#theweeklywars #16 — Canadian Threshold vs. Deathrite Shaman

This week, we’re doing something slightly different than usual. Similarly to last month, I played in the Magic Online Legacy Challenge and did not do well. This will be a short tournament of sorts, although this time around, the bigger picture things are not nearly as interesting as some of the smaller decisions I had to make during the tournament.

First off, what went wrong? I picked the right deck, had a good list, played really well but I still went 2-4. You can’t win them all and sometimes you can’t win any of them. Or something like that. My matchups were Shardless Sultai, Grixis Delver, Team America, Storm, Aluren and 4C Delver (the Deathrite/Decay/Snapcaster list). Two things are interesting here. The first is that I went 2-4 in matches but 8-8 in games. The second is that I played against blue Deathrite decks in five out of six rounds (2-3 in matches but 7-6 in games).

I said we were doing something different today, so here’s the deal. I didn’t really learn anything from the tournament except that I maybe have to shift my list’s priorities (I’m still the overall concept of the deck makes sense). Therefore, I can’t fall back on my usual blueprint of going over 5-10 lessons from a week of playing. Instead, I want to go over situations from the tournament that I found interesting. Today, there’s only one lesson:

#115 — Playing Canadian Threshold vs. Deathrite Shaman.


Let’s start with my first turn of the tournament. In this situation, I have three options. I can use Wasteland, cast Nimble Mongoose or just play Flooded Strand.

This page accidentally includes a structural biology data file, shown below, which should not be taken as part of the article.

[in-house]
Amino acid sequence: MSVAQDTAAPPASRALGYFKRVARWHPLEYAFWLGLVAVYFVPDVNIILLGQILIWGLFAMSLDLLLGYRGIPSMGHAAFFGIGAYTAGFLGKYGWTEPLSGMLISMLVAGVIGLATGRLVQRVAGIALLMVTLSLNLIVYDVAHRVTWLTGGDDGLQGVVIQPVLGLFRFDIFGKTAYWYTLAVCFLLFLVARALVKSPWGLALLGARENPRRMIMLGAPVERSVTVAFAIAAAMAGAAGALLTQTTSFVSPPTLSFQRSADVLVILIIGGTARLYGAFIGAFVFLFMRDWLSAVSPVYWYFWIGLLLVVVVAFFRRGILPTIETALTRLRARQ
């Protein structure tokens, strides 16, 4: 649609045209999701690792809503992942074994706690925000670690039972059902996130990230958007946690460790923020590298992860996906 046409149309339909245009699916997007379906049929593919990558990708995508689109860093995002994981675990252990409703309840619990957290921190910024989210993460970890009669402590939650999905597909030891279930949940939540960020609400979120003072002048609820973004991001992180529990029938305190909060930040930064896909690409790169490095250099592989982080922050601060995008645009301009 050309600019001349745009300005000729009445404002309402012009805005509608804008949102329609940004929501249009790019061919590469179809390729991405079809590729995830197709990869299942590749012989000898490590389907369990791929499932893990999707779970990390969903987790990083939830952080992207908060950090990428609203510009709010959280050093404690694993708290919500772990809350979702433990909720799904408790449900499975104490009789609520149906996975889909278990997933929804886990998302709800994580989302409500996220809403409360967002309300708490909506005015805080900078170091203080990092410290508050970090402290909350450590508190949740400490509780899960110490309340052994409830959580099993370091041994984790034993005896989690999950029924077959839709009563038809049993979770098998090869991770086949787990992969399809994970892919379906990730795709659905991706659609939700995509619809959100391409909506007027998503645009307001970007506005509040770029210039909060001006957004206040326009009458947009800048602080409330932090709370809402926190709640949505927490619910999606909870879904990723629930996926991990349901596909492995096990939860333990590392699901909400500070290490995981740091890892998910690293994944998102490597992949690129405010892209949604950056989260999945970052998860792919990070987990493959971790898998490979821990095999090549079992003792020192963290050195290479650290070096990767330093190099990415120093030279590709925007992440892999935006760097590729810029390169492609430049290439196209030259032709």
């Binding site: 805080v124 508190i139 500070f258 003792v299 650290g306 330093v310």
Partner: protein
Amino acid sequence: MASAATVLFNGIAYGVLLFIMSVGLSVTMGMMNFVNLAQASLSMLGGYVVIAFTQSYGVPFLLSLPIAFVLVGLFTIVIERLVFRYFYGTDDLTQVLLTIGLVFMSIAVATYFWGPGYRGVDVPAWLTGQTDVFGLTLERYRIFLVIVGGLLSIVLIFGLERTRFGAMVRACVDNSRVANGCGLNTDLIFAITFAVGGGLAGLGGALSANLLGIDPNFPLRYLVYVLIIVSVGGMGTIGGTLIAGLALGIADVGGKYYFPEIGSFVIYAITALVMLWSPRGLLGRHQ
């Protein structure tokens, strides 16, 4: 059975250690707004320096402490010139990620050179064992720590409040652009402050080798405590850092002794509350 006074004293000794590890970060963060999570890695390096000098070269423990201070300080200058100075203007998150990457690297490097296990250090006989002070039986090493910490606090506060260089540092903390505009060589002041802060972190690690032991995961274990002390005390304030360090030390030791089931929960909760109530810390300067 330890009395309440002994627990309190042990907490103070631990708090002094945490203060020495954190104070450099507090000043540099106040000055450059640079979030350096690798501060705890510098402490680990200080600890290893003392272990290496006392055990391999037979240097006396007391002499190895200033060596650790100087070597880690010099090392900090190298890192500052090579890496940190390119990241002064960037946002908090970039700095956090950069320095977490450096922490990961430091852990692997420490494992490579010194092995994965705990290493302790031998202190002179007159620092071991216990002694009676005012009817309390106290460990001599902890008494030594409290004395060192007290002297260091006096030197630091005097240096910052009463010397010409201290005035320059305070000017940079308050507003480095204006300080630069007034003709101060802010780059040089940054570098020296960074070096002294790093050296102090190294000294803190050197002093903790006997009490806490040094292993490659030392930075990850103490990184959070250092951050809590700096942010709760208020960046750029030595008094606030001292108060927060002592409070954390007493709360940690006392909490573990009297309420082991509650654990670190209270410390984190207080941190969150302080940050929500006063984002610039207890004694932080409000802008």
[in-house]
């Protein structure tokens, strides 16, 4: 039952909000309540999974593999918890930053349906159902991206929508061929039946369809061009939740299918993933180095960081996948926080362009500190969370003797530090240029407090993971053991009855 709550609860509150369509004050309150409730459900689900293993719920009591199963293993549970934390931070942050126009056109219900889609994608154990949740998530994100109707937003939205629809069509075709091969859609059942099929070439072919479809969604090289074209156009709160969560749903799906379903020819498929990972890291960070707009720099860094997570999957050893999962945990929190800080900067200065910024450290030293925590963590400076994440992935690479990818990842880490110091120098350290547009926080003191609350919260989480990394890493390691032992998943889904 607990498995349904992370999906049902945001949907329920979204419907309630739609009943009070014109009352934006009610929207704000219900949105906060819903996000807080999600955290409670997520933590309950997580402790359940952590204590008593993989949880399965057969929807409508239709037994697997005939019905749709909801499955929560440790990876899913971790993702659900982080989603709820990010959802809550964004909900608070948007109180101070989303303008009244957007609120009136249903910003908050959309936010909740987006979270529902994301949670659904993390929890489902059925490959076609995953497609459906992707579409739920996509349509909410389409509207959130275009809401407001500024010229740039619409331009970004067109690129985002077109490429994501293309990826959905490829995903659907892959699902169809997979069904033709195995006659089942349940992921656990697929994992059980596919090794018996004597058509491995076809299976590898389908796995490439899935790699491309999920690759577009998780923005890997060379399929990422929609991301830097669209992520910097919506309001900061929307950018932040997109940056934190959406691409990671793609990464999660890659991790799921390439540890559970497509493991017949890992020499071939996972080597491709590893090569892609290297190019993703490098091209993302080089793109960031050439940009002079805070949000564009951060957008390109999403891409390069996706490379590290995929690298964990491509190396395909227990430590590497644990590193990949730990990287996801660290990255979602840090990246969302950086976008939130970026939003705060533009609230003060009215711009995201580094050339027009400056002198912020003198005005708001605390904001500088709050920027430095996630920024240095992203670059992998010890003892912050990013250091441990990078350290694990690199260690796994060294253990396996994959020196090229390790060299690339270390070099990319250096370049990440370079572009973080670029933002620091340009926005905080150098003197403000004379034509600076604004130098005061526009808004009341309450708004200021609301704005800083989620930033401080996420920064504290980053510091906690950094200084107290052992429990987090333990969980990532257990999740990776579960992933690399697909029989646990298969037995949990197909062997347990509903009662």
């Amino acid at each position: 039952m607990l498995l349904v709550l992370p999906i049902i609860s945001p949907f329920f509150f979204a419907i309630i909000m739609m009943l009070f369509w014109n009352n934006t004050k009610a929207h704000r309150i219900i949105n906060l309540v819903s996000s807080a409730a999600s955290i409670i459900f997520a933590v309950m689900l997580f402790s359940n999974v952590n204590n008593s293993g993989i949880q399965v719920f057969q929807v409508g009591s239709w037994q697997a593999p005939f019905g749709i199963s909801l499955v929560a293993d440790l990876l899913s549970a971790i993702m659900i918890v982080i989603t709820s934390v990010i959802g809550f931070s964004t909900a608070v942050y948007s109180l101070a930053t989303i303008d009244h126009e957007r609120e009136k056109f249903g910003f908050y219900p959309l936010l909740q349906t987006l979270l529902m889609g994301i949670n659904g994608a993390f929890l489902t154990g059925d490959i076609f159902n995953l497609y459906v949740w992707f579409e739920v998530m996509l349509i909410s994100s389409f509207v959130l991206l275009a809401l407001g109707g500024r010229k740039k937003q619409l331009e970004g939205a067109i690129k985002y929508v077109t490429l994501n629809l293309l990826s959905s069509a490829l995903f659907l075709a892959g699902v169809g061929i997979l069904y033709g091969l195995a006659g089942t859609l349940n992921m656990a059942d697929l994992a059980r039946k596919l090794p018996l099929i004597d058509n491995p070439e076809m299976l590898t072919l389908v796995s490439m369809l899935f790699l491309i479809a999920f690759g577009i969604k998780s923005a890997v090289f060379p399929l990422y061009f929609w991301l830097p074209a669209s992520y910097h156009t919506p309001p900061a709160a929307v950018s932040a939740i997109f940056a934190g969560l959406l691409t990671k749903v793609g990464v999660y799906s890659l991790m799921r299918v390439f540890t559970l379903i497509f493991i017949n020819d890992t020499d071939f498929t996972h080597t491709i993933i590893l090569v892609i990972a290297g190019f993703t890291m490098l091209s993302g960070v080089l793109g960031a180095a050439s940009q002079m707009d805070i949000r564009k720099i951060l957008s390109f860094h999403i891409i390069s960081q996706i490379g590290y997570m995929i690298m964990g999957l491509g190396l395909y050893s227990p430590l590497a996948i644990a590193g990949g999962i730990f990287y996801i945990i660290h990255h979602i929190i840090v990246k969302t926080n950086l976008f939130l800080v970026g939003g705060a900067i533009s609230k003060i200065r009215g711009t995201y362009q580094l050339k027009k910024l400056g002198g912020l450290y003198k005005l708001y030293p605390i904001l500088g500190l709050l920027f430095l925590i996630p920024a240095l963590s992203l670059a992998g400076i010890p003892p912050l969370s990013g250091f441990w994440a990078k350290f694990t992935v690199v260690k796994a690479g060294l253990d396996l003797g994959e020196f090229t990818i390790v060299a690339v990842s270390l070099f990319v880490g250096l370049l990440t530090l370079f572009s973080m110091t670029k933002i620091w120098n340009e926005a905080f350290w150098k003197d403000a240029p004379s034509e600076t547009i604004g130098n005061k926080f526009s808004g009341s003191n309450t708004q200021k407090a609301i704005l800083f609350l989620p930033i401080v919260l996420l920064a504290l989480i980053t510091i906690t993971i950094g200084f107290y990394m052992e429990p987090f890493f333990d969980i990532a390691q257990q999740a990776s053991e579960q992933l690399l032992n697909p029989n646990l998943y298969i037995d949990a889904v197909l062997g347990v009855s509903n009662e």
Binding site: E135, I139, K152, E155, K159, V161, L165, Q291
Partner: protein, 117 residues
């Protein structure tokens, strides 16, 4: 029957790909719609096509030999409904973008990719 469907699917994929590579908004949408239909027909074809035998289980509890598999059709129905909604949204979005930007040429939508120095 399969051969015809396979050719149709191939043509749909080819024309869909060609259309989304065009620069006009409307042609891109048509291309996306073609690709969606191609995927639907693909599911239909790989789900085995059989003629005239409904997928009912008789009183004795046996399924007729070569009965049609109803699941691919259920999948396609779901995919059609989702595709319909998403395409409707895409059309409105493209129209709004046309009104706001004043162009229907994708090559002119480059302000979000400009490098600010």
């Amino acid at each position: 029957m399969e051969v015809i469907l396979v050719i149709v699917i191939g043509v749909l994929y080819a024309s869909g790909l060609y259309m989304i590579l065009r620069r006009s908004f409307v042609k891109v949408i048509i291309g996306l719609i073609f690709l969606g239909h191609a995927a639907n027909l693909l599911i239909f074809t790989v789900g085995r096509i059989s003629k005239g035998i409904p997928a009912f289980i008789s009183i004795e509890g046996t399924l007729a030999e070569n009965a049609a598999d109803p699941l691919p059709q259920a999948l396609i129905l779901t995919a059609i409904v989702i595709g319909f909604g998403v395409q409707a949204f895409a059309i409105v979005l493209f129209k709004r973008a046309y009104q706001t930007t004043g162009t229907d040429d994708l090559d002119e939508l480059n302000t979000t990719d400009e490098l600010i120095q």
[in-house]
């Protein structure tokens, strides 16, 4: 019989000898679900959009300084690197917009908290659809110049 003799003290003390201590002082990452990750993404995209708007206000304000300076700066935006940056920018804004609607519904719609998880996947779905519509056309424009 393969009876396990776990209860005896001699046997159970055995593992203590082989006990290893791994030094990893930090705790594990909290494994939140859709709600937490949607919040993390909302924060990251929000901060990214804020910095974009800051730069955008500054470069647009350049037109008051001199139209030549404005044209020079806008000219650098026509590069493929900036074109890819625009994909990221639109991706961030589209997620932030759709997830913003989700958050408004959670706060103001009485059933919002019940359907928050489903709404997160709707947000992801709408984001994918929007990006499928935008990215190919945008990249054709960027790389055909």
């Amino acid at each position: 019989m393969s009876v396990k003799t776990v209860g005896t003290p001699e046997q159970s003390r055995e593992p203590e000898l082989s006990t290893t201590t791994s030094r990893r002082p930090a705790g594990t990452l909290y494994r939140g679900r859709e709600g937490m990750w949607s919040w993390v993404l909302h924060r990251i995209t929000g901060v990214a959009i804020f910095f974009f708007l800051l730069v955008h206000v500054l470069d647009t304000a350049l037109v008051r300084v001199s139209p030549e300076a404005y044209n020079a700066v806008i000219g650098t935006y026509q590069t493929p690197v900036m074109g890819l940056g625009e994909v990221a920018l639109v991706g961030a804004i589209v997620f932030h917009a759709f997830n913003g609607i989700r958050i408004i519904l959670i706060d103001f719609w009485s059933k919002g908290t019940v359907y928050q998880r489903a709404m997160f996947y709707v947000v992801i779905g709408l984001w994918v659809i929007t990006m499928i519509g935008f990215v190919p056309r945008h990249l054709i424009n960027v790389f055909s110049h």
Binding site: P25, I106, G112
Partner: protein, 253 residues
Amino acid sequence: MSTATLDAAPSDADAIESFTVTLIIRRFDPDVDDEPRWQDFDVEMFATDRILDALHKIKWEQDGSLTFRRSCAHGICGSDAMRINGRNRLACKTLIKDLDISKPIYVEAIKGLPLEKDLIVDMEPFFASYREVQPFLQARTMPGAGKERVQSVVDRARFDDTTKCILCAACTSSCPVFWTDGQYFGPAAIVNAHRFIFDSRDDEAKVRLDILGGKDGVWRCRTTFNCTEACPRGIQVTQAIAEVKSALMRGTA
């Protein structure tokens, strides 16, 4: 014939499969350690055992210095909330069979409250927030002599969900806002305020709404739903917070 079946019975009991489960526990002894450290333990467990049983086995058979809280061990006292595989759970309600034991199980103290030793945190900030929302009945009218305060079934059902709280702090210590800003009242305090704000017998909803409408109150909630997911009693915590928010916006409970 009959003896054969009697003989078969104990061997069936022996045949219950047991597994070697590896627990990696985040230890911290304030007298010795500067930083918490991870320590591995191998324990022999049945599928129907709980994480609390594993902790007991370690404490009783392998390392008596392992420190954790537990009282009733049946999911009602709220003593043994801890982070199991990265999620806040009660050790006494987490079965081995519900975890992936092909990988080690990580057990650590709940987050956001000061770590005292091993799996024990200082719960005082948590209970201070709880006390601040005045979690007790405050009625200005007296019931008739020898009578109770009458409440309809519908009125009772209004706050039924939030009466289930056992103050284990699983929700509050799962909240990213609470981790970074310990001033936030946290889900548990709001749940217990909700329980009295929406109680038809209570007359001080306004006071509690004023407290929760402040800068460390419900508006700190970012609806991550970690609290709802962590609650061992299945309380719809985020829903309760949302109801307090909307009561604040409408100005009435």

First, I have to try and figure out my opponent’s deck. I think it’s most likely that they’re on Shardless after such an opening. It could also be Grixis, but Grixis Delver rarely has hands that don’t cast spells turn one on the play. Of course, they could be keeping up Stifle, but that’s not incredibly common.

Casting Nimble Mongoose here is clearly the worst option. I would open myself up to Wasteland without really accomplishing anything. Yes, there are games that you lose because you’re one damage short, but playing Mongoose here is just reckless. My opponent is very unlikely to Daze here, but I do not want to open myself up to Tarmogoyf, Baleful Strix or Wasteland.

Using my own Wasteland is somewhat reasonable, but it’s very bad if they’re indeed Grixis holding up Stifle.

“Flooded Strand, go” also plays into Stifle, but it gives me more flexibility. If they are indeed on Grixis with Stifle, I can at least garner more information and potentially navigate my fetch around a Stifle, given that I also have Wasteland. This also allows me keep up Stifle on my own, a card that my opponent was indeed worried about on their turn, otherwise they would not have cracked their Delta. This line also allows me to keep up Brainstorm, just in case.

Here’s what happened next: